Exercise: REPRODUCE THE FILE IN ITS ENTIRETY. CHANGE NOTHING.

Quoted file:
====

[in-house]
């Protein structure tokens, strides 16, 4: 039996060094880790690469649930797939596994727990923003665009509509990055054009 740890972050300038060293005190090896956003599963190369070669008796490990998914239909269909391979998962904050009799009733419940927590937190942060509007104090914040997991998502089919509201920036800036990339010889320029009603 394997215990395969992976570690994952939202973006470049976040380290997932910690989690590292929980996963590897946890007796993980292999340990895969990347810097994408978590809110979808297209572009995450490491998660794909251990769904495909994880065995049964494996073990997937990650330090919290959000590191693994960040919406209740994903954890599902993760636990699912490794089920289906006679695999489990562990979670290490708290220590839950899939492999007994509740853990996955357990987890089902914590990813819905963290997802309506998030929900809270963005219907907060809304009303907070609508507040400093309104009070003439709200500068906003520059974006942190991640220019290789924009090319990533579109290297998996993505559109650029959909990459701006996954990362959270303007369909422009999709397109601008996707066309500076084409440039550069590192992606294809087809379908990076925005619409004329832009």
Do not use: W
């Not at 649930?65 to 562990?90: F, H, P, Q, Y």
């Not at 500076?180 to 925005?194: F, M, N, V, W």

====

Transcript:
[in-house]
């Protein structure tokens, strides 16, 4: 039996060094880790690469649930797939596994727990923003665009509509990055054009 740890972050300038060293005190090896956003599963190369070669008796490990998914239909269909391979998962904050009799009733419940927590937190942060509007104090914040997991998502089919509201920036800036990339010889320029009603 394997215990395969992976570690994952939202973006470049976040380290997932910690989690590292929980996963590897946890007796993980292999340990895969990347810097994408978590809110979808297209572009995450490491998660794909251990769904495909994880065995049964494996073990997937990650330090919290959000590191693994960040919406209740994903954890599902993760636990699912490794089920289906006679695999489990562990979670290490708290220590839950899939492999007994509740853990996955357990987890089902914590990813819905963290997802309506998030929900809270963005219907907060809304009303907070609508507040400093309104009070003439709200500068906003520059974006942190991640220019290789924009090319990533579109290297998996993505559109650029959909990459701006996954990362959270303007369909422009999709397109601008996707066309500076084409440039550069590192992606294809087809379908990076925005619409004329832009």
Do not use: W
């Not at 649930?65 to 562990?90: F, H, P, Q, Y």
């Not at 500076?180 to 925005?194: F, M, N, V, W």